“Unfortunately, the developments validate our earlier – rather negative and pessimistic analysis of the economic trajectory. The dire situation we find ourselves in may not yet be apparent to all,” said Dr Musumali.


“There are several analyses from multilateral organisations, financial institutions, research and consulting groups as well as from Zambian government departments that are helping us to sketch the magnitude and depth of the crisis.  The kwacha is continuing to depreciate – at K14 to a dollar it is at its lowest since November 2015,” said Dr Musumali.


Dr Musumali said high international and domestic debt and servicing levels – with the ratio to GDP estimated to reach 90% given a depreciating Kwacha.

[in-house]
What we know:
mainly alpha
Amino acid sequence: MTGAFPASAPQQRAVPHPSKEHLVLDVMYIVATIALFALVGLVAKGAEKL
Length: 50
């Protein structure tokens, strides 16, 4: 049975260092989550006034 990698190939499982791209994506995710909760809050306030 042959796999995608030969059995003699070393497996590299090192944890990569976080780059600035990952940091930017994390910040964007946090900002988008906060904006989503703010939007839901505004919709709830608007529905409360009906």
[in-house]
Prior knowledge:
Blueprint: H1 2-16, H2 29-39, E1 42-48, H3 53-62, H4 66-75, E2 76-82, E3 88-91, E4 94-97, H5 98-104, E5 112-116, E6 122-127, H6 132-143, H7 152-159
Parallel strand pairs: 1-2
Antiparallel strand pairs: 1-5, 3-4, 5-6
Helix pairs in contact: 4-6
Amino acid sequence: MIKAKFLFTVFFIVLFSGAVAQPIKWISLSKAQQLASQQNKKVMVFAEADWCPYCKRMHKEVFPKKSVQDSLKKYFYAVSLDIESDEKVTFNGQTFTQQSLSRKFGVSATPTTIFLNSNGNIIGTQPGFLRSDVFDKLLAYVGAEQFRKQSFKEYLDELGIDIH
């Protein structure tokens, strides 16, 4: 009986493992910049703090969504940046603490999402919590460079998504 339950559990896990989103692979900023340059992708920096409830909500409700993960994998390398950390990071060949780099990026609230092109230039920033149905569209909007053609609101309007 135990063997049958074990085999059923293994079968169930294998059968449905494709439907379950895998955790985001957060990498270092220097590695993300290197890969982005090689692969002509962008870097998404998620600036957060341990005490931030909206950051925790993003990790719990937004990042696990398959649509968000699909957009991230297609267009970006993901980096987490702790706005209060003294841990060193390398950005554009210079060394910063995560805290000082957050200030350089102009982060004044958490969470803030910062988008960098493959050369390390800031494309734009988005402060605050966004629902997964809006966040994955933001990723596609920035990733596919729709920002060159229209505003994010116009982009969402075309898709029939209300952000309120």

He said reductions in export earnings, foreign direct investments (FDI), portfolio investments, development assistance and other external sources during 2017 and 2018 as well as the first quarter of 2019 was also hurting the economy.

“ During the same period imports have not significantly reduced and balance of payments have continue to remain wide – above 4.5%.  To finance the current account, the authorities resorted largely to drawing down on foreign currency reserves. The move brought down reserves to US$1.6 billion – just sufficient for 2 months import cover! This development contributed to exerting huge pressure on the Kwacha,” said Dr Musumali.

He said the relatively poor agricultural performance due to insufficient rainfall in the southern half of the country had compounded the disastrous performance of the economy.